MPs are voicing concerns about how much debt consumers could take on after BMO cut its five-year mortgage rate to the lowest it's been in more than a year.
Over the weekend, Bank of Montreal cut its five-year fixed rate by 10 basis points, from 3.09 to 2.99 per cent. That's the lowest rate the bank has posted since the start of 2012. Consumers can often negotiate even lower rates than those advertised by the banks.
The last time BMO cut its posted rate that low, other banks moved to match it.
NDP finance critic Peggy Nash says lower rates are a sign of a flat economy as banks seek new opportunities to generate business.
"The danger is consumers are already highly leveraged at the highest personal debt levels in our history and there is a danger again of consumers taking on ultimately too high a level of personal debt," she said.
Finance Minister Jim Flaherty raised that same concern over the weekend upon news of the rate cut.
"As I have said repeatedly before, my expectation is that banks will engage in prudent lending — not the type of 'race to the bottom' practices that led to a mortgage crisis in the United States," Flaherty said in a statement.
Consumer debt at all-time high
Last December, Statistics Canada reported consumer debt levels had hit an all-time high of 164.6 per cent in the quarter covering July to September. That means for every $1 of disposable income, the average consumer owes $1.65.
Liberal MP John McCallum, a former senior vice-president and chief economist of the Royal Bank of Canada, says BMO is trying to make money at a time when housing sales have been dropping.
"Banks are in there to make money so it's not surprising that they are doing what they are doing. But I think there is a risk that it will induce people who can't really afford it to buy a bigger house than they can really afford, and down the road when interest rates go up, this could cause problems, and I think that's what [Bank of Canada Governor] Mark Carney and the government are concerned about," McCallum said.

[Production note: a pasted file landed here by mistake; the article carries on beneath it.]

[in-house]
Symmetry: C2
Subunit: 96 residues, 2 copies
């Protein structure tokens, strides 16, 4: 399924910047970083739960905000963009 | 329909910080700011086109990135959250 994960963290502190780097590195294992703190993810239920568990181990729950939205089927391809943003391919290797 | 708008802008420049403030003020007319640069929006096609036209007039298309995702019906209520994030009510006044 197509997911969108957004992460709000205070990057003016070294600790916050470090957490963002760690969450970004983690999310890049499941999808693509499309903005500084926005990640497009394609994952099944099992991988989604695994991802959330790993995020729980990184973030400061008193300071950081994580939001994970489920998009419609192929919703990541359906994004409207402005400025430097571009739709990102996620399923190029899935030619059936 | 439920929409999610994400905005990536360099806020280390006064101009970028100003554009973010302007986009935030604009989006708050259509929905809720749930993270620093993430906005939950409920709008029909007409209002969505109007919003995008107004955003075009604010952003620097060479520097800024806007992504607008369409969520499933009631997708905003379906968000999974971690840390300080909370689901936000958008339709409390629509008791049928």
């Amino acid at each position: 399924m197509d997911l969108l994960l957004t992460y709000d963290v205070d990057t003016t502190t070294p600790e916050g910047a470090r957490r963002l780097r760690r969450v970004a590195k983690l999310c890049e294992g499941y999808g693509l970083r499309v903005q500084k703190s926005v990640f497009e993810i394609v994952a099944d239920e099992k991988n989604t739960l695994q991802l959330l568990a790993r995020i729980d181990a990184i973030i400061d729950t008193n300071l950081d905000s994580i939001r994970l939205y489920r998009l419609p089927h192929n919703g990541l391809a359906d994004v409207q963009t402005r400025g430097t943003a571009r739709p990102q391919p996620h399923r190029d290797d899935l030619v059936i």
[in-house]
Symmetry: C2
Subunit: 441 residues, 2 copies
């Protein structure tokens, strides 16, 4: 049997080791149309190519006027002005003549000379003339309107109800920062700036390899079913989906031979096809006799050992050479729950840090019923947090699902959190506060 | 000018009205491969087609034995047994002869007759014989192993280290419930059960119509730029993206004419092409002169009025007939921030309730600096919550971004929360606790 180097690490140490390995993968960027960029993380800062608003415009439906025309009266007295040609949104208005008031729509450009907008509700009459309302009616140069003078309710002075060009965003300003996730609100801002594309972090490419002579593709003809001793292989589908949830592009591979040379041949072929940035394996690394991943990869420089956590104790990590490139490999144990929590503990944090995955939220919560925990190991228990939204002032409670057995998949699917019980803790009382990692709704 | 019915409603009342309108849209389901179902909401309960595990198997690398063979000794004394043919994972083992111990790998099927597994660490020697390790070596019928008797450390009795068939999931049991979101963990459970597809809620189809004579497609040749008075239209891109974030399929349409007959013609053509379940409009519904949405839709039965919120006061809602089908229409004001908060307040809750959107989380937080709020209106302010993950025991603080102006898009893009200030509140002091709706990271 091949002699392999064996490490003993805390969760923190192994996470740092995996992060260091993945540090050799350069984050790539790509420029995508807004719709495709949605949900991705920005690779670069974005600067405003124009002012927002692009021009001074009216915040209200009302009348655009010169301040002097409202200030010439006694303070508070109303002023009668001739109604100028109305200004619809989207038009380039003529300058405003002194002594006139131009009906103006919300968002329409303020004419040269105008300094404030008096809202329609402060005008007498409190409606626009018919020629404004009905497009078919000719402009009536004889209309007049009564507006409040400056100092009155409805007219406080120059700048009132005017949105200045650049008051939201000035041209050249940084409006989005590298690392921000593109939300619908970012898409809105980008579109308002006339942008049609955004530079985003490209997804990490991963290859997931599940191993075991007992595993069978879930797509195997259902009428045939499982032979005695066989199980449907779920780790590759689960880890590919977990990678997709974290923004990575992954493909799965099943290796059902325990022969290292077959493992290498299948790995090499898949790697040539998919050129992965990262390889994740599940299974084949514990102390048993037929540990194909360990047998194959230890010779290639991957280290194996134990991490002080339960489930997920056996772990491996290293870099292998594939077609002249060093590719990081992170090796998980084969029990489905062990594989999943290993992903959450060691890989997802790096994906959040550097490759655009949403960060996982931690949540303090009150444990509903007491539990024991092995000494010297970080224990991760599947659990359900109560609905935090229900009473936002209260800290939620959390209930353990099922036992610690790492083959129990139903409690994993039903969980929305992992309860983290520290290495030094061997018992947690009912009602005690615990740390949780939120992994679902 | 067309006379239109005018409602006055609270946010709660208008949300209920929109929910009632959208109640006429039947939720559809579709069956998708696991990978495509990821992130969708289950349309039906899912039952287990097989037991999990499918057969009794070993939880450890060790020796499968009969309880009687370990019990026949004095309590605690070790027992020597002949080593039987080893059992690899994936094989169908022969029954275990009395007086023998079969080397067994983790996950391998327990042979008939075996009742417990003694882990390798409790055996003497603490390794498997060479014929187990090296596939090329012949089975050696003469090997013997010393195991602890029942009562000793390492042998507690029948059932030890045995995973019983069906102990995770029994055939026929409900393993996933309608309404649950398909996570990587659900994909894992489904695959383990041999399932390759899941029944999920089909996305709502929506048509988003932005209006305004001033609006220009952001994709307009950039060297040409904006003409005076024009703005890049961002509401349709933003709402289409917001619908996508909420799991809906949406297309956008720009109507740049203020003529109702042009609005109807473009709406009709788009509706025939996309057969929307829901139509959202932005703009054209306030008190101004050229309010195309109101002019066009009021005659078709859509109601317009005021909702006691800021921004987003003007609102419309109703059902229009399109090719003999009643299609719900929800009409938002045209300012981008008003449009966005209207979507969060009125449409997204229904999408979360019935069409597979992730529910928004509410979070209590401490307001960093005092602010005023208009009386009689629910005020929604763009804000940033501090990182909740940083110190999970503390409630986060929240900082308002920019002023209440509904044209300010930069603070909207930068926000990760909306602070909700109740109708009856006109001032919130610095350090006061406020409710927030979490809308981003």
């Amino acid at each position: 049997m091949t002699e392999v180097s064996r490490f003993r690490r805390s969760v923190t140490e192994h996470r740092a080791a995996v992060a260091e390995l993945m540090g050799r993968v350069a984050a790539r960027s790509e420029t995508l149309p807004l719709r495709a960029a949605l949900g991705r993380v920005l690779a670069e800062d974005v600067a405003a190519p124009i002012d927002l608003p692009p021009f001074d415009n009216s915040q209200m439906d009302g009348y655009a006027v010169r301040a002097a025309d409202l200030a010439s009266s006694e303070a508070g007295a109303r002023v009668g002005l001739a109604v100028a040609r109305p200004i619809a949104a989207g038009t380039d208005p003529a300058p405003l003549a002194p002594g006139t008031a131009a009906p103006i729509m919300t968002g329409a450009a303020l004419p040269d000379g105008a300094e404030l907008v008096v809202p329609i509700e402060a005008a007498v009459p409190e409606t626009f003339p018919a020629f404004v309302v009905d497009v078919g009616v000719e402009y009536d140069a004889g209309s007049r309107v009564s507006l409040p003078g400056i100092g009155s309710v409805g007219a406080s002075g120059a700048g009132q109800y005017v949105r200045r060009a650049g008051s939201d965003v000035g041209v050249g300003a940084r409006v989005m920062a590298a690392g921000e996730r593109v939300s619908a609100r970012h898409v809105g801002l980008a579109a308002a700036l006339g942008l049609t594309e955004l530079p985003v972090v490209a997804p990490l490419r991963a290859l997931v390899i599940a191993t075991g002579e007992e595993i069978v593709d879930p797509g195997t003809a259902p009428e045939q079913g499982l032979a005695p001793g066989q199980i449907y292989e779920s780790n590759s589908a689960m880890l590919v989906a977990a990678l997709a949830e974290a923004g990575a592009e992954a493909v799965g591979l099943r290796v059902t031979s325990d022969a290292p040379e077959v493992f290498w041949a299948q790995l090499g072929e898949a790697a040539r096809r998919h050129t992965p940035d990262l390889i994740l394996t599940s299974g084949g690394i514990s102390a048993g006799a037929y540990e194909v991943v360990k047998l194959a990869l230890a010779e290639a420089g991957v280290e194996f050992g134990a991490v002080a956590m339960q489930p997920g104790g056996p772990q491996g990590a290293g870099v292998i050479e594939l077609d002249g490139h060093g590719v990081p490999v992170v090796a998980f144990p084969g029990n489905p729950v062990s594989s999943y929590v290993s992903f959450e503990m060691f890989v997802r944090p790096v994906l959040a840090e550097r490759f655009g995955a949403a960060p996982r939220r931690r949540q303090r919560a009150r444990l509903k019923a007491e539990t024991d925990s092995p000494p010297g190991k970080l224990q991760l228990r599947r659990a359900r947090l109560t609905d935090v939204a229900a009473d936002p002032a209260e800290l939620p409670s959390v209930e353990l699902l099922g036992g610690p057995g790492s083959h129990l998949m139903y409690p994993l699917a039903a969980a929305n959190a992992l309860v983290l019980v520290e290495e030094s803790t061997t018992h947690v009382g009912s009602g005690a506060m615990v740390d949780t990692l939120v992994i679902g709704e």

Interest rates are bound to rise again, McCallum pointed out, it's just that nobody knows when exactly that will happen. Consumers, he said, should look at their own circumstances before deciding how much of a mortgage they can afford.
"I think they should figure out, well, 'what would happen to me if the rate went from three to five [per cent], for example. Could I still afford it? How secure is my job?' These sorts of individual personal questions people have to ask themselves," McCallum said.
"I don't always agree with Jim Flaherty but I think I do on this case, that it's a balancing act and you don't want to kill the market but you don't want it to become irrationally exuberant, and he's walking that fine line, and I think he's pretty well doing it right."
Nash says consumer debt levels are worrisome.
"It's a concern . . . what it's speaking to is generally incomes are flat and people are taking on more debt as a way to meet their expenses," she said.